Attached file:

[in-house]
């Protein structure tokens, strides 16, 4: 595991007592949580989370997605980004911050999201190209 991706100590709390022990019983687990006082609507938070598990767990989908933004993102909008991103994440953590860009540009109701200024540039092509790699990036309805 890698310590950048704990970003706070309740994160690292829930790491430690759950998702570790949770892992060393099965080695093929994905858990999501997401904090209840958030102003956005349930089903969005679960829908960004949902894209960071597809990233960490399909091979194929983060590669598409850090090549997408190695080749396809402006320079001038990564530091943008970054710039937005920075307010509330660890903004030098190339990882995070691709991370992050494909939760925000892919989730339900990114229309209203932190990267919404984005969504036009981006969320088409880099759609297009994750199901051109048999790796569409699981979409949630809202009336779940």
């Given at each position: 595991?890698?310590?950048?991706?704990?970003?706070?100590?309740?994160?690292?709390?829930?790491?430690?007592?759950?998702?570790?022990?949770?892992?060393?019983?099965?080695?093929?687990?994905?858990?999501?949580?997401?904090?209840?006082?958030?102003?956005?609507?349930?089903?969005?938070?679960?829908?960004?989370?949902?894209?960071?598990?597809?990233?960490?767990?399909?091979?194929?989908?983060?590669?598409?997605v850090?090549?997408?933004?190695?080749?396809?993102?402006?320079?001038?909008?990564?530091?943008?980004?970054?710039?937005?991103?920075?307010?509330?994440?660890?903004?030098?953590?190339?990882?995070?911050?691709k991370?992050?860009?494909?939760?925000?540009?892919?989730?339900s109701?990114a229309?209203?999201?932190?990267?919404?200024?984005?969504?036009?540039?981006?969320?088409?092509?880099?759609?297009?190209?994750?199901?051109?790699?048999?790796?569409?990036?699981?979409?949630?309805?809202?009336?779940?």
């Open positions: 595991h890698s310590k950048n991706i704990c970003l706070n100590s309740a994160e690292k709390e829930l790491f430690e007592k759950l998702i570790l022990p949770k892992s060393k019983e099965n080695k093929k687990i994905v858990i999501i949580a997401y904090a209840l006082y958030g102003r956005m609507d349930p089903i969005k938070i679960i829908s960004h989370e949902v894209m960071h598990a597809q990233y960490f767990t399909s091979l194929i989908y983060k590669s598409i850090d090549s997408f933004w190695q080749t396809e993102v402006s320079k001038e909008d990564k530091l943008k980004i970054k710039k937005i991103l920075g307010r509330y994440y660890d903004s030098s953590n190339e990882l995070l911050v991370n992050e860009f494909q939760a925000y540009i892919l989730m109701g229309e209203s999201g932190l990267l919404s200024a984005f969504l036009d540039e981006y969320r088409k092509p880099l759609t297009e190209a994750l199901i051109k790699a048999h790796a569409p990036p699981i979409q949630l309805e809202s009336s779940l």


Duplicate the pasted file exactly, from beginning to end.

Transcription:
[in-house]
């Protein structure tokens, strides 16, 4: 595991007592949580989370997605980004911050999201190209 991706100590709390022990019983687990006082609507938070598990767990989908933004993102909008991103994440953590860009540009109701200024540039092509790699990036309805 890698310590950048704990970003706070309740994160690292829930790491430690759950998702570790949770892992060393099965080695093929994905858990999501997401904090209840958030102003956005349930089903969005679960829908960004949902894209960071597809990233960490399909091979194929983060590669598409850090090549997408190695080749396809402006320079001038990564530091943008970054710039937005920075307010509330660890903004030098190339990882995070691709991370992050494909939760925000892919989730339900990114229309209203932190990267919404984005969504036009981006969320088409880099759609297009994750199901051109048999790796569409699981979409949630809202009336779940």
């Given at each position: 595991?890698?310590?950048?991706?704990?970003?706070?100590?309740?994160?690292?709390?829930?790491?430690?007592?759950?998702?570790?022990?949770?892992?060393?019983?099965?080695?093929?687990?994905?858990?999501?949580?997401?904090?209840?006082?958030?102003?956005?609507?349930?089903?969005?938070?679960?829908?960004?989370?949902?894209?960071?598990?597809?990233?960490?767990?399909?091979?194929?989908?983060?590669?598409?997605v850090?090549?997408?933004?190695?080749?396809?993102?402006?320079?001038?909008?990564?530091?943008?980004?970054?710039?937005?991103?920075?307010?509330?994440?660890?903004?030098?953590?190339?990882?995070?911050?691709k991370?992050?860009?494909?939760?925000?540009?892919?989730?339900s109701?990114a229309?209203?999201?932190?990267?919404?200024?984005?969504?036009?540039?981006?969320?088409?092509?880099?759609?297009?190209?994750?199901?051109?790699?048999?790796?569409?990036?699981?979409?949630?309805?809202?009336?779940?």
């Open positions: 595991h890698s310590k950048n991706i704990c970003l706070n100590s309740a994160e690292k709390e829930l790491f430690e007592k759950l998702i570790l022990p949770k892992s060393k019983e099965n080695k093929k687990i994905v858990i999501i949580a997401y904090a209840l006082y958030g102003r956005m609507d349930p089903i969005k938070i679960i829908s960004h989370e949902v894209m960071h598990a597809q990233y960490f767990t399909s091979l194929i989908y983060k590669s598409i850090d090549s997408f933004w190695q080749t396809e993102v402006s320079k001038e909008d990564k530091l943008k980004i970054k710039k937005i991103l920075g307010r509330y994440y660890d903004s030098s953590n190339e990882l995070l911050v991370n992050e860009f494909q939760a925000y540009i892919l989730m109701g229309e209203s999201g932190l990267l919404s200024a984005f969504l036009d540039e981006y969320r088409k092509p880099l759609t297009e190209a994750l199901i051109k790699a048999h790796a569409p990036p699981i979409q949630l309805e809202s009336s779940l």